September 22, 2016 by Canadian Underwriter
Insurers need to understand potential disruptions to risk analysis and cost basis as well as distribution to effectively manage their strategies, suggested a new report from Boston-based research and advisory firm Novarica.
The pace of technological change makes it a daunting task for insurers, many of whom are still managing legacy systems, to understand which emerging technologies represent a true disruptive threat to their business model, Novarica said in the report Understanding Insurance Disrupters. The report, released on Tuesday, reviews 13 categories of disruption – from online direct sales to wearable devices to self-driving vehicles – to help insurer chief information officers understand the marketplace, Novarica said in a statement.
“Insurers that don’t adopt emerging technologies are going to face declines as their agents and customers become intolerant of their poor capabilities and competitors improve their risk analysis and cost bases,” said Jeff Goldberg, vice president of research and consulting and lead author of the report. “That being said, most disruption isn’t going to signal the end of the current industry model. Investing in disruptive technologies isn’t for everyone, and for the most part, the old and the new can coexist. The goal for all insurers should be to understand new challenges and make strategic choices rather than let the market choose for them, and that’s exactly where this report is designed to help.”
According to the report, product and risk disrupters such as telematics and microinsurance mean new and expanded offerings to the marketplace, “but this does not necessarily replace existing lines. Insurers should make sure they think of their products in terms of what can be, not what was,” the report advised.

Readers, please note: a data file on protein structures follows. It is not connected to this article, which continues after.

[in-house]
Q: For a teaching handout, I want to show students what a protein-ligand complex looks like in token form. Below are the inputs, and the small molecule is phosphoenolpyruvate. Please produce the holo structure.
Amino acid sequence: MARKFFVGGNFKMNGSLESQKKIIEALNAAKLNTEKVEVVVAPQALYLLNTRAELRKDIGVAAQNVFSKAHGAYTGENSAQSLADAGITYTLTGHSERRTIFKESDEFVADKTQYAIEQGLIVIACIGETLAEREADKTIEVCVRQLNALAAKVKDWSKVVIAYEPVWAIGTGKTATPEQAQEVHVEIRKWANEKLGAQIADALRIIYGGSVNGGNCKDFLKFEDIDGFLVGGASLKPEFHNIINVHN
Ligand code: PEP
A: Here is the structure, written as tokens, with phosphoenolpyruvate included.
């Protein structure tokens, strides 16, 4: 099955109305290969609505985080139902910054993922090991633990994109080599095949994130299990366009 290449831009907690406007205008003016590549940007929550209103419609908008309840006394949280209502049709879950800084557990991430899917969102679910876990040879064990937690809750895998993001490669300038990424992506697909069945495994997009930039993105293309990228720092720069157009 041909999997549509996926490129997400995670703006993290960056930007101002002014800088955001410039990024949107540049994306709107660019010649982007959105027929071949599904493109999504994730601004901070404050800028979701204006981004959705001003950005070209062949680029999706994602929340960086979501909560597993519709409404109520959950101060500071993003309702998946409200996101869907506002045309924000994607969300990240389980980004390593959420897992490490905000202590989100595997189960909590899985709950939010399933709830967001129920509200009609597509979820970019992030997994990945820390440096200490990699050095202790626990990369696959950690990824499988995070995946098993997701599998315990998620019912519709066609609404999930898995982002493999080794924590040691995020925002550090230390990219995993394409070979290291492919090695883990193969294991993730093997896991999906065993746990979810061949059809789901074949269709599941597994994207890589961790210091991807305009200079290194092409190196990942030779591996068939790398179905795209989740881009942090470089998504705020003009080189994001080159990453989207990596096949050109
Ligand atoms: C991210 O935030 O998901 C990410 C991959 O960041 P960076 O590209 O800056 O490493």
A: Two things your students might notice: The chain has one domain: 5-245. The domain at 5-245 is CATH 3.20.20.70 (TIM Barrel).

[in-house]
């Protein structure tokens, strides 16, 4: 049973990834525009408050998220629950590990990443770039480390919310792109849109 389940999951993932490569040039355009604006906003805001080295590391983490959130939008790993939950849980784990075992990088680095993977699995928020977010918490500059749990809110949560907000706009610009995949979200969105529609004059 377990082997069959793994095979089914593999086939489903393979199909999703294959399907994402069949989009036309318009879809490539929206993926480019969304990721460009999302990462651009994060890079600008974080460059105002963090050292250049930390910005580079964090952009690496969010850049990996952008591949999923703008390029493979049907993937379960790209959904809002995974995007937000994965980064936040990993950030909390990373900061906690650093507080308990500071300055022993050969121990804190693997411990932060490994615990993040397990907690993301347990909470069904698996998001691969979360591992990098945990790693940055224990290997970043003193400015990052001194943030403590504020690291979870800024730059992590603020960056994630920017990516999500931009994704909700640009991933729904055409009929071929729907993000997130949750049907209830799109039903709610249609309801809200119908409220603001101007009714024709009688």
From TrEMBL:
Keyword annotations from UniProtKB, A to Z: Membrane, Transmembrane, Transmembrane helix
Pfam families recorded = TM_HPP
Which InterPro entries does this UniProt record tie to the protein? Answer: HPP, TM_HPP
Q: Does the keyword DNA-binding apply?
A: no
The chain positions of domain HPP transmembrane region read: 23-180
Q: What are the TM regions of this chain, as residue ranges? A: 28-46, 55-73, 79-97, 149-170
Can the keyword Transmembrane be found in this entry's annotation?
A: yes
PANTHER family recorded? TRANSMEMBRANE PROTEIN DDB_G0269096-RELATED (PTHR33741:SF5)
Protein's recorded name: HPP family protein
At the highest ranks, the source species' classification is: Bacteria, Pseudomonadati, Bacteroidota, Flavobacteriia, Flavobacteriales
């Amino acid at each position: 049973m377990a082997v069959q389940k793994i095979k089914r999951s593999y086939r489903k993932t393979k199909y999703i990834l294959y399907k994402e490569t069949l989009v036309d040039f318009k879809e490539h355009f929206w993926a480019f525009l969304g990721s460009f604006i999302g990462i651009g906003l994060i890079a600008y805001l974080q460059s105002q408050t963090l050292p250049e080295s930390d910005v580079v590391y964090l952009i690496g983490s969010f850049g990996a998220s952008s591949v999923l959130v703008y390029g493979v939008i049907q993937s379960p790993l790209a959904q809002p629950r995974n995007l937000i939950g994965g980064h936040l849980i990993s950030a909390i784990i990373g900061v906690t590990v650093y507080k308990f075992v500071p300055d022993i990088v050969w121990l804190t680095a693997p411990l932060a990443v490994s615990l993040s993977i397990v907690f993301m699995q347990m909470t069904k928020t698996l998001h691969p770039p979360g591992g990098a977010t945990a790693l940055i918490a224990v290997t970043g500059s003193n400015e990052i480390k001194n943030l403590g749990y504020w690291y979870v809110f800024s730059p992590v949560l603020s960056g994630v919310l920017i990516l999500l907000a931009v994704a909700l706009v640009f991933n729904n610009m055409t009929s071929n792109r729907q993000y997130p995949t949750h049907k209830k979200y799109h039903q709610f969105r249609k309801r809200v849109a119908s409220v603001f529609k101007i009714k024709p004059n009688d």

Cost basis disrupters, like drones and big data, streamline processes and lower costs and in some cases, they will adjust long-term loss profiles, the report said. “Insurers should make sure they understand how competitors will use these cost advantages to underprice them.”
Distribution disrupters, like online direct and blockchain, change how insurers sell; many approaches will thrive in an omni-channel world. “Insurers should make sure they observe how customers actually want to buy, and not just what their current distributers prefer,” the report suggested.
“One common refrain about technology when it comes to emerging technology is ‘adapt or die,’” the report said. “Unfortunately, the urgency in this statement is misleading. Legacy systems are not a Y2K problem – there’s no ticking time bomb. And legacy systems or not, it takes an insurance company a long time to die.”
Novarica argued that a more accurate, but perhaps less catchy slogan might be “adapt or decline. Without digital channels, effective data analytics and agile core systems, insurers will face declines. Their agents and customers will first tolerate and then resent their poor communication capabilities. Their actuaries, underwriters and claims adjusters will start to underperform int eh market for lack of data and analytical capabilities. Their product freshness will grow stale compared to more agile peers as core systems inhibit speed to market.”